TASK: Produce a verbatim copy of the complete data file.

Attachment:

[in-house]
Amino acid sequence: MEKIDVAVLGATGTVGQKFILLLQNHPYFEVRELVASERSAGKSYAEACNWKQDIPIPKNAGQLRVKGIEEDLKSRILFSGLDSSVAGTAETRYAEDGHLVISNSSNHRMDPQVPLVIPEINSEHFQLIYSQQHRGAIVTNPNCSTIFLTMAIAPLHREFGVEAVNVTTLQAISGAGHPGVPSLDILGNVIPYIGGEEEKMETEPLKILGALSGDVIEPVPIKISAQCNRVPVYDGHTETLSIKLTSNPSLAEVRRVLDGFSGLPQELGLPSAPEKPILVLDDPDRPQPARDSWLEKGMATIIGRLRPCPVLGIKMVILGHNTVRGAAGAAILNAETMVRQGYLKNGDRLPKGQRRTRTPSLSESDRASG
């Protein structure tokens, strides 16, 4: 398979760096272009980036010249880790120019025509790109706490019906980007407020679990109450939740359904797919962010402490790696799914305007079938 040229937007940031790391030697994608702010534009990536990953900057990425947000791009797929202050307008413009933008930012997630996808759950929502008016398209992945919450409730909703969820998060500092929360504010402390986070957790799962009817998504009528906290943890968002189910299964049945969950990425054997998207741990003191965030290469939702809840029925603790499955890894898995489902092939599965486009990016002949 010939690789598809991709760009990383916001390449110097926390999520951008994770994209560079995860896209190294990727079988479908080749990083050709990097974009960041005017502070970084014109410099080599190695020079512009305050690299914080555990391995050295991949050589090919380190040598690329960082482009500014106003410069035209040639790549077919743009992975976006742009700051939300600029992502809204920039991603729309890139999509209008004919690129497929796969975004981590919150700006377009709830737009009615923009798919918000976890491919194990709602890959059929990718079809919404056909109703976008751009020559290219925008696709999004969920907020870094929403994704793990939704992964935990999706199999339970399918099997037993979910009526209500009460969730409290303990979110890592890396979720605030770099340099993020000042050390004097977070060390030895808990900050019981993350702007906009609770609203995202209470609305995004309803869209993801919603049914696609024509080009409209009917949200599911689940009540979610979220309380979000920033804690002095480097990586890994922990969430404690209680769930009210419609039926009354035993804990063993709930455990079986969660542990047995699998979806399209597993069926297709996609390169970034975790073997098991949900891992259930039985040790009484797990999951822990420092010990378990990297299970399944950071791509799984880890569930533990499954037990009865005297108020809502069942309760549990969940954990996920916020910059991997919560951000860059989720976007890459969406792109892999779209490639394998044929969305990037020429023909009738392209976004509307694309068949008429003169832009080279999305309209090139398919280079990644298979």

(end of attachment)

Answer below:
[in-house]
Amino acid sequence: MEKIDVAVLGATGTVGQKFILLLQNHPYFEVRELVASERSAGKSYAEACNWKQDIPIPKNAGQLRVKGIEEDLKSRILFSGLDSSVAGTAETRYAEDGHLVISNSSNHRMDPQVPLVIPEINSEHFQLIYSQQHRGAIVTNPNCSTIFLTMAIAPLHREFGVEAVNVTTLQAISGAGHPGVPSLDILGNVIPYIGGEEEKMETEPLKILGALSGDVIEPVPIKISAQCNRVPVYDGHTETLSIKLTSNPSLAEVRRVLDGFSGLPQELGLPSAPEKPILVLDDPDRPQPARDSWLEKGMATIIGRLRPCPVLGIKMVILGHNTVRGAAGAAILNAETMVRQGYLKNGDRLPKGQRRTRTPSLSESDRASG
């Protein structure tokens, strides 16, 4: 398979760096272009980036010249880790120019025509790109706490019906980007407020679990109450939740359904797919962010402490790696799914305007079938 040229937007940031790391030697994608702010534009990536990953900057990425947000791009797929202050307008413009933008930012997630996808759950929502008016398209992945919450409730909703969820998060500092929360504010402390986070957790799962009817998504009528906290943890968002189910299964049945969950990425054997998207741990003191965030290469939702809840029925603790499955890894898995489902092939599965486009990016002949 010939690789598809991709760009990383916001390449110097926390999520951008994770994209560079995860896209190294990727079988479908080749990083050709990097974009960041005017502070970084014109410099080599190695020079512009305050690299914080555990391995050295991949050589090919380190040598690329960082482009500014106003410069035209040639790549077919743009992975976006742009700051939300600029992502809204920039991603729309890139999509209008004919690129497929796969975004981590919150700006377009709830737009009615923009798919918000976890491919194990709602890959059929990718079809919404056909109703976008751009020559290219925008696709999004969920907020870094929403994704793990939704992964935990999706199999339970399918099997037993979910009526209500009460969730409290303990979110890592890396979720605030770099340099993020000042050390004097977070060390030895808990900050019981993350702007906009609770609203995202209470609305995004309803869209993801919603049914696609024509080009409209009917949200599911689940009540979610979220309380979000920033804690002095480097990586890994922990969430404690209680769930009210419609039926009354035993804990063993709930455990079986969660542990047995699998979806399209597993069926297709996609390169970034975790073997098991949900891992259930039985040790009484797990999951822990420092010990378990990297299970399944950071791509799984880890569930533990499954037990009865005297108020809502069942309760549990969940954990996920916020910059991997919560951000860059989720976007890459969406792109892999779209490639394998044929969305990037020429023909009738392209976004509307694309068949008429003169832009080279999305309209090139398919280079990644298979």